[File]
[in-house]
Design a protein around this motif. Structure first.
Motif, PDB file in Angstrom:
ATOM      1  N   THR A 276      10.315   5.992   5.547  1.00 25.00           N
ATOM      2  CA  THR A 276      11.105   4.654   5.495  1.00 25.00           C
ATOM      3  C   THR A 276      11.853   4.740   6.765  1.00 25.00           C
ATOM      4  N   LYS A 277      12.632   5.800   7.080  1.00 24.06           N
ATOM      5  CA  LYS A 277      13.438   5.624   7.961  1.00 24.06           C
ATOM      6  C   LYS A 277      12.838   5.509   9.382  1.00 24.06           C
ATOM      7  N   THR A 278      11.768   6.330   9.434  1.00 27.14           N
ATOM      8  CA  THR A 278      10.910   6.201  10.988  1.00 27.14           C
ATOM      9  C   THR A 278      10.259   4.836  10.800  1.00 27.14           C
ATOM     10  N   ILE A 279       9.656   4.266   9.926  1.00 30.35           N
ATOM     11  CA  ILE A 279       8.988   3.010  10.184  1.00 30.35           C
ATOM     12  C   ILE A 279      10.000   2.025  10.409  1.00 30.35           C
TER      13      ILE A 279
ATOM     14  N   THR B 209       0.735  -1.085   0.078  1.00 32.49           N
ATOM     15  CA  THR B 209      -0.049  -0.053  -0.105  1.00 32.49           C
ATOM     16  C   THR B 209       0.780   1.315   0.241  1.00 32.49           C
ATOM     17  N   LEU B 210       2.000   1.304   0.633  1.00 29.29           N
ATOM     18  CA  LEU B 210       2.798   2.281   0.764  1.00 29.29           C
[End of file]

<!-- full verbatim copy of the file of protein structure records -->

[in-house]
Design a protein around this motif. Structure first.
Motif, PDB file in Angstrom:
ATOM      1  N   THR A 276      10.315   5.992   5.547  1.00 25.00           N
ATOM      2  CA  THR A 276      11.105   4.654   5.495  1.00 25.00           C
ATOM      3  C   THR A 276      11.853   4.740   6.765  1.00 25.00           C
ATOM      4  N   LYS A 277      12.632   5.800   7.080  1.00 24.06           N
ATOM      5  CA  LYS A 277      13.438   5.624   7.961  1.00 24.06           C
ATOM      6  C   LYS A 277      12.838   5.509   9.382  1.00 24.06           C
ATOM      7  N   THR A 278      11.768   6.330   9.434  1.00 27.14           N
ATOM      8  CA  THR A 278      10.910   6.201  10.988  1.00 27.14           C
ATOM      9  C   THR A 278      10.259   4.836  10.800  1.00 27.14           C
ATOM     10  N   ILE A 279       9.656   4.266   9.926  1.00 30.35           N
ATOM     11  CA  ILE A 279       8.988   3.010  10.184  1.00 30.35           C
ATOM     12  C   ILE A 279      10.000   2.025  10.409  1.00 30.35           C
TER      13      ILE A 279
ATOM     14  N   THR B 209       0.735  -1.085   0.078  1.00 32.49           N
ATOM     15  CA  THR B 209      -0.049  -0.053  -0.105  1.00 32.49           C
ATOM     16  C   THR B 209       0.780   1.315   0.241  1.00 32.49           C
ATOM     17  N   LEU B 210       2.000   1.304   0.633  1.00 29.29           N
ATOM     18  CA  LEU B 210       2.798   2.281   0.764  1.00 29.29           C